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Michigan Passes Historic Funding for School Bus Electrification

Published on June 29, 2023

Lansing, MI (June 29th, 2023) – Yesterday, the Michigan legislature passed the state’s annual budget in bipartisan fashion, including a historic $125 million in funding to help school districts across the state bring the benefits of zero-tailpipe-emissions electric school buses to their communities.

In a crucial step toward ensuring the transition to electric school buses is equitable, this funding will prioritize low income and rural school districts, school districts in areas most affected by air pollution, and other environmental justice factors.

Most of Michigan’s nearly 17,000 school buses run on diesel fuel, exposing children across the state to diesel exhaust pollution, which has proven links to serious physical health issues such as asthma and other respiratory illnesses as well as cognitive development impacts. Electric school buses have zero tailpipe emissions of harmful air pollutants, are responsible for the lowest greenhouse gas emissions of any school bus type – even when accounting for emissions from the generation of electric power – and can save school districts thousands of dollars per year on fuel and maintenance.

Building on the Governor’s Executive Budget recommendation, this funding will complement the rebate awards received by 25 Michigan school districts through the first round of the Environmental Protection Agency’s Clean School Bus Program, a program which, while offering unprecedented federal funding for electric school buses, represents only a small fraction of the funding needed to transition all school buses away from diesel fuel to electric. In fact, an additional 53 Michigan school districts requested electric school buses in the first round of Clean School Bus Program funding but were waitlisted.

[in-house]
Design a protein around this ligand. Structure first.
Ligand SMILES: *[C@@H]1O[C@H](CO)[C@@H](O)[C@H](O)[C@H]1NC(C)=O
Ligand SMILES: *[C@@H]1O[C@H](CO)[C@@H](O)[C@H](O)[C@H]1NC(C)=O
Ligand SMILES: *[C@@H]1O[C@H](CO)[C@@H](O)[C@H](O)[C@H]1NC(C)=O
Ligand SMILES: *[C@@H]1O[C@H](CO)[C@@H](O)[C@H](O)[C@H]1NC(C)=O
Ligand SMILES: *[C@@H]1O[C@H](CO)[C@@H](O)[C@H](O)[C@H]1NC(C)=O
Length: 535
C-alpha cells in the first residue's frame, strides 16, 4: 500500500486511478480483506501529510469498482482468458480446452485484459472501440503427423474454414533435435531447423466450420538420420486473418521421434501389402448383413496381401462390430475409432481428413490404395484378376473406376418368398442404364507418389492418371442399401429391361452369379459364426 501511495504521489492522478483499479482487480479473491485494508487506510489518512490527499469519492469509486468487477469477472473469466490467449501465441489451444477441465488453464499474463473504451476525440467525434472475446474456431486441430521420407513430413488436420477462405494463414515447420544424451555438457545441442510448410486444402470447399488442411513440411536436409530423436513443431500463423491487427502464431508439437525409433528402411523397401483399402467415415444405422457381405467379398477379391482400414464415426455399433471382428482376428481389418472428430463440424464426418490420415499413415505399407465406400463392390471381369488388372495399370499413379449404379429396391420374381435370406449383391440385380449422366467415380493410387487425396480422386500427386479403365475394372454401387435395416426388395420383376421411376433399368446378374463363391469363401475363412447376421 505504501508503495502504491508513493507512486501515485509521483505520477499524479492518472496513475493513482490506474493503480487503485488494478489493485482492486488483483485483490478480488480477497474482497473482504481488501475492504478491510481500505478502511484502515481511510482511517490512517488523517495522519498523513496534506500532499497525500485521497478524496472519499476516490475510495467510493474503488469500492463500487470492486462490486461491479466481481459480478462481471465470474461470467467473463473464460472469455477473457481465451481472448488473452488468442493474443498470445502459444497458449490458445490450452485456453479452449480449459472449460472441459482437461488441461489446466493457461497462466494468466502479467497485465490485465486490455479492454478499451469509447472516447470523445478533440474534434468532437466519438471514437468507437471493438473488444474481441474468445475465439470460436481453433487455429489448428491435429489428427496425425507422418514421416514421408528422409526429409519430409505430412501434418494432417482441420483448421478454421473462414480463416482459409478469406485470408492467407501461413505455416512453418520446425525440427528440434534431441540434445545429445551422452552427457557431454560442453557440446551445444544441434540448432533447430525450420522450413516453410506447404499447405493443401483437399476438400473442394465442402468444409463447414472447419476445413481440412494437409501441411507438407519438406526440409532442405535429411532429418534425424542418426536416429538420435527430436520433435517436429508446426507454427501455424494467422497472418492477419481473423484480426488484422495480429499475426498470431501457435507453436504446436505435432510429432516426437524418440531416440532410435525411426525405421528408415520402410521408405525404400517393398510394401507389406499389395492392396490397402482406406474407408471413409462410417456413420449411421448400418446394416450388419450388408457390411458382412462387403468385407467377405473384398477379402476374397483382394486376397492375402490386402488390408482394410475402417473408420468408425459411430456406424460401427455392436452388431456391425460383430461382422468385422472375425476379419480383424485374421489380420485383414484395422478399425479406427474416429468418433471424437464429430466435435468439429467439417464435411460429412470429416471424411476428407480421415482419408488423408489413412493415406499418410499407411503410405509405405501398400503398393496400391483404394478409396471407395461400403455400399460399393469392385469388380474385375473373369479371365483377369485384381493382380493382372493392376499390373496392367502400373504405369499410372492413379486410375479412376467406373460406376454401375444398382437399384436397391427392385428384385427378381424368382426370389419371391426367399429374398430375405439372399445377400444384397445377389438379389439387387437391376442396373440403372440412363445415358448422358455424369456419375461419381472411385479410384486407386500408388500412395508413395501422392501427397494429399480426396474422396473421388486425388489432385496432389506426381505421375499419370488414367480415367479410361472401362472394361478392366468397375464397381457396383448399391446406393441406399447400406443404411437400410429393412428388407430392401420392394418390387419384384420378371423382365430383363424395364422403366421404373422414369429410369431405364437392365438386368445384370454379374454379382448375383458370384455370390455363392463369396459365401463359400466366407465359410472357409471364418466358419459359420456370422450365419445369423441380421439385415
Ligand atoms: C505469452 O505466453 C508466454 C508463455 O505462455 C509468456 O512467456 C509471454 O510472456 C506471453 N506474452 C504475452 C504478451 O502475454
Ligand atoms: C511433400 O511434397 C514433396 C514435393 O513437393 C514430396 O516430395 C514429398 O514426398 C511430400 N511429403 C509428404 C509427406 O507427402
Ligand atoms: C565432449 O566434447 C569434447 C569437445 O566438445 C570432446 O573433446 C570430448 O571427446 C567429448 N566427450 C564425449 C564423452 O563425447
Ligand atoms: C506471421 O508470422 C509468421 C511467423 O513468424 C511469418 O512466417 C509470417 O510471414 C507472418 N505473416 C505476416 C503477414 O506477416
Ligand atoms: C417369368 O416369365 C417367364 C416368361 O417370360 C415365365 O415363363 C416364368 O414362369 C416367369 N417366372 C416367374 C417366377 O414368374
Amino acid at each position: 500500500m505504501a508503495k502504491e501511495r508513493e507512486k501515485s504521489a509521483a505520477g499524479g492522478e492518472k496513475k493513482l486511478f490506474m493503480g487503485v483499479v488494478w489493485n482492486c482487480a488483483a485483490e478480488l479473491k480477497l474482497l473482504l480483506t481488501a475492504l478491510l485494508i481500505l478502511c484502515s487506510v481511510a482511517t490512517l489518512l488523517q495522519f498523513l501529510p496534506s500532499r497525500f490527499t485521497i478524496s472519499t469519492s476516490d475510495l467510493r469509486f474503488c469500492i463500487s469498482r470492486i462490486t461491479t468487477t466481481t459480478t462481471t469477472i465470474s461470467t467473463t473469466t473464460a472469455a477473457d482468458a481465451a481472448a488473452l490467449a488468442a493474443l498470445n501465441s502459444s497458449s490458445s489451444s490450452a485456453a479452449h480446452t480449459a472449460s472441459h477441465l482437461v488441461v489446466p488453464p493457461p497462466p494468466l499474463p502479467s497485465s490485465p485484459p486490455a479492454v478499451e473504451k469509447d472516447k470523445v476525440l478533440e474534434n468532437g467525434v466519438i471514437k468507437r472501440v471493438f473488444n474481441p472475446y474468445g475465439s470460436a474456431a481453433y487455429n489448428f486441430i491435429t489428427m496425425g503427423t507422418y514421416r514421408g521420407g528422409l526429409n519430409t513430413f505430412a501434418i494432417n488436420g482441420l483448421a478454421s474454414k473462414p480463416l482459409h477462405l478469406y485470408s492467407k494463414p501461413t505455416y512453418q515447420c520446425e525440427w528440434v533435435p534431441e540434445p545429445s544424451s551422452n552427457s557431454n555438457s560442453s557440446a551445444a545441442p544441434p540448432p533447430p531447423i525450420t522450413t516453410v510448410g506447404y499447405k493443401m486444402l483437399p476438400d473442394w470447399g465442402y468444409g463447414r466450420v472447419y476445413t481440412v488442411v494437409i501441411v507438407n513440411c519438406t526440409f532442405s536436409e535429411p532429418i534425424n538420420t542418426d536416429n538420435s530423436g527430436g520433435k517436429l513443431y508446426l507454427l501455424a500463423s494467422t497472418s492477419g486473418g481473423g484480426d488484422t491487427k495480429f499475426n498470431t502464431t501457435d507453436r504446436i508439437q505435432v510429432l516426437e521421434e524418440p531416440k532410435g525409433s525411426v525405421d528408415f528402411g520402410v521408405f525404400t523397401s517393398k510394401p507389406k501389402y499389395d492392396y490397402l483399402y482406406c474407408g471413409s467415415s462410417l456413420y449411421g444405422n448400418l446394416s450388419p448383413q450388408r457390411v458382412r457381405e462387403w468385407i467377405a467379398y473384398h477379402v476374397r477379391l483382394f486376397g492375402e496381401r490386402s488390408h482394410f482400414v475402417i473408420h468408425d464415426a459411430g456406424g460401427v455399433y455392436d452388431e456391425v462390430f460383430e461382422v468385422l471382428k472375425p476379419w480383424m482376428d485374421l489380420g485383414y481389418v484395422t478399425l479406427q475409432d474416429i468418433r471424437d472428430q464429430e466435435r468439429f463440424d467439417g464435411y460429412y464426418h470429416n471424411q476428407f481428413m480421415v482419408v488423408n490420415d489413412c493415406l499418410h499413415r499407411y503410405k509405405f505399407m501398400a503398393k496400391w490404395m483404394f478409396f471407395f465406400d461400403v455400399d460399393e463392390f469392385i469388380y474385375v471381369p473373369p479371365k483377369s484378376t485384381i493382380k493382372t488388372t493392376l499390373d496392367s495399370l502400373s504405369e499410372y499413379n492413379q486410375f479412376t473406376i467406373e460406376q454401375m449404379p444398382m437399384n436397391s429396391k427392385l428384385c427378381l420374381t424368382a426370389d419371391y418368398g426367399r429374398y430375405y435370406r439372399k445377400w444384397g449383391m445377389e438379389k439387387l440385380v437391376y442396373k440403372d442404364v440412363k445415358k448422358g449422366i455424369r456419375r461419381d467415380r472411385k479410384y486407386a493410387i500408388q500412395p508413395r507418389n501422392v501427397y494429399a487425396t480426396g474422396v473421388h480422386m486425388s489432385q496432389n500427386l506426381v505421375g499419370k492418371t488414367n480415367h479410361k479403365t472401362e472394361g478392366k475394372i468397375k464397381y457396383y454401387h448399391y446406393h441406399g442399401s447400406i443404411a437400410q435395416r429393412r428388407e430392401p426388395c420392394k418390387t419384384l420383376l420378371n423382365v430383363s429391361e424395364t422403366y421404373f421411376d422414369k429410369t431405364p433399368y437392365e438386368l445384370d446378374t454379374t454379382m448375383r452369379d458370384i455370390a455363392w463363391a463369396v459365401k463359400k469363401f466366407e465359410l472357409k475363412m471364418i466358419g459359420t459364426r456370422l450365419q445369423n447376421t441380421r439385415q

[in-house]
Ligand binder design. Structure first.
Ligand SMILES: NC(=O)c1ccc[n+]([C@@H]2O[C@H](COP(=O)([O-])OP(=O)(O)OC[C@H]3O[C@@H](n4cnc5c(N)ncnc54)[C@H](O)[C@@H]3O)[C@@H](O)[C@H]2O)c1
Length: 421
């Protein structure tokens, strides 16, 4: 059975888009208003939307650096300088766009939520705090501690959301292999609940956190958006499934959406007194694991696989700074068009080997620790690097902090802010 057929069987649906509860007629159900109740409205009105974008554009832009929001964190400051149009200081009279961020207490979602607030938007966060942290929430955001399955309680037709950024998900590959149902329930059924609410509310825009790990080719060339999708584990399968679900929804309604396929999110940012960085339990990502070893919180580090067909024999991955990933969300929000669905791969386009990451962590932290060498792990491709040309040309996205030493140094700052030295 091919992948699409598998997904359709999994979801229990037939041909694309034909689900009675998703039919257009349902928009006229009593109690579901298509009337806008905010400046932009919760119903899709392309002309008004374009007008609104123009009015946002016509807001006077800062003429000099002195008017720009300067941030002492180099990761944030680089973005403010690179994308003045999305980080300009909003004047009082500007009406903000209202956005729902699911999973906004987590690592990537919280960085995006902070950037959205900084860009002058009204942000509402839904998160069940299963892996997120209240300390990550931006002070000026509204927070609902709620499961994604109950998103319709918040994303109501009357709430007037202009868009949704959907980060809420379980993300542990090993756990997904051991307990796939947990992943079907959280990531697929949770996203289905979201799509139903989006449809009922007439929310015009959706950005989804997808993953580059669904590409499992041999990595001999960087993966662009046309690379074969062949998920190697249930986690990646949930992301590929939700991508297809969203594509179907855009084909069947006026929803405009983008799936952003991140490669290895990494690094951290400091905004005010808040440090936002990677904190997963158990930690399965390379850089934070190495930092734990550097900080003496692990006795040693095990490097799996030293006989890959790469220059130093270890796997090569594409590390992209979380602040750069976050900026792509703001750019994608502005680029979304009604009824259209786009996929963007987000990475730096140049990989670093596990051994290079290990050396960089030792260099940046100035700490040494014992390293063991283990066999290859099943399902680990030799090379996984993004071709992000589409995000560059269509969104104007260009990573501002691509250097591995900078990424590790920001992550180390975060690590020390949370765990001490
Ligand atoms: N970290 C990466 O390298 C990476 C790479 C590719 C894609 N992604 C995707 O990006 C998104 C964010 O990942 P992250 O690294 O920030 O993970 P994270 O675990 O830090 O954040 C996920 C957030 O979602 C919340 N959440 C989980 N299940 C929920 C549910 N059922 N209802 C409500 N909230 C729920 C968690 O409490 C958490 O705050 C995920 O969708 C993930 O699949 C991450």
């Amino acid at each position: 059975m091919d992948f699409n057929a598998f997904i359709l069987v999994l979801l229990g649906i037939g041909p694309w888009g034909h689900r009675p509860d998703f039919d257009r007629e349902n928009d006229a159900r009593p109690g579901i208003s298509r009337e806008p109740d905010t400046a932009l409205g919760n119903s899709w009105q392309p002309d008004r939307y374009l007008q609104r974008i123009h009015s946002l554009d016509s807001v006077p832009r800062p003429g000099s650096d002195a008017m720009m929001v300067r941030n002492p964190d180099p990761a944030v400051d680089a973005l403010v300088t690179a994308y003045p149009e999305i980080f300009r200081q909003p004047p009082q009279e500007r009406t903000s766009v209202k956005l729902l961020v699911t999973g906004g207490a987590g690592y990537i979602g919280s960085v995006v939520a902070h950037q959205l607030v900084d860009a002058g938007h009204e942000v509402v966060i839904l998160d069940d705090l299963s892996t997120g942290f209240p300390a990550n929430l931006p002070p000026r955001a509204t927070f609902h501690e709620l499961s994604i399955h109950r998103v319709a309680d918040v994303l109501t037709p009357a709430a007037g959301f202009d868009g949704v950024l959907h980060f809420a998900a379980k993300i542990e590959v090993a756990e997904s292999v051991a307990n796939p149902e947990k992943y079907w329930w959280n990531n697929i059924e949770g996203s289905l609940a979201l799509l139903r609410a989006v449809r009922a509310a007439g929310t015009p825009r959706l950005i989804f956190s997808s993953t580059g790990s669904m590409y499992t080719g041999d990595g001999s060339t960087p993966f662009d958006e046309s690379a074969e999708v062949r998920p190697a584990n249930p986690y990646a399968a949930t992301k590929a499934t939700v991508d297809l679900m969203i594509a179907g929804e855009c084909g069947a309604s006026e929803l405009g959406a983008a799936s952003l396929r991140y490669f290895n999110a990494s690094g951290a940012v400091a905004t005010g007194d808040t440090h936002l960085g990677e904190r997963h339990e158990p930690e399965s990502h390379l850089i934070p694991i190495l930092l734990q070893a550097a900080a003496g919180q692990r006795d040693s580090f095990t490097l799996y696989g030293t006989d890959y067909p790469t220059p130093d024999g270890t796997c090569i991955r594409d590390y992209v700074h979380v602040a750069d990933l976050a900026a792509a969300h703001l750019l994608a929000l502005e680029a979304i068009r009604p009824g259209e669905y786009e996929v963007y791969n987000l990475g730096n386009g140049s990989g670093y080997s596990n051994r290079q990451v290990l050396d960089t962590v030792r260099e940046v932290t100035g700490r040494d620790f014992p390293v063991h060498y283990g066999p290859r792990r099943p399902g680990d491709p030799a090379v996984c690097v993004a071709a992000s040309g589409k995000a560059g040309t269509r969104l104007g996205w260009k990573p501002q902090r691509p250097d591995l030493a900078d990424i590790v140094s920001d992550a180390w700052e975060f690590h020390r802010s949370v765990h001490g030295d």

This victory is due in part to the tireless work of organizations in the state such as the Electrification Coalition, Michigan Environmental Council, Southwest Detroit Environmental Vision, MI Air MI Health, Clean Fuels Michigan, NAACP Grand Rapids, Action for the Climate Emergency, Ecology Center, Environmental Law & Policy Center and others.

Said Sue Gander, Director of WRI’s Electric School Bus Initiative:

“This year’s budget marks a turning point for the 800,000 students in Michigan who depend on the yellow bus to get to school. With this investment, school districts throughout the state can leave toxic diesel pollution in the rear-view mirror and join hundreds of other districts across the country in bringing the benefits of electric school buses to their communities. The air quality and health benefits of electric buses are especially critical for underserved communities, including those near bus depots, who too often bear the burden of transportation pollution. We applaud Governor Whitmer for leading the way in this effort to deliver a healthy ride to school for Michigan’s kids, while generating economic opportunity and protecting our climate. We urge the state, and look forward to working with them, to implement these funds in a manner that maximizes the air quality, health and climate benefits of the program and the opportunities for electrification.”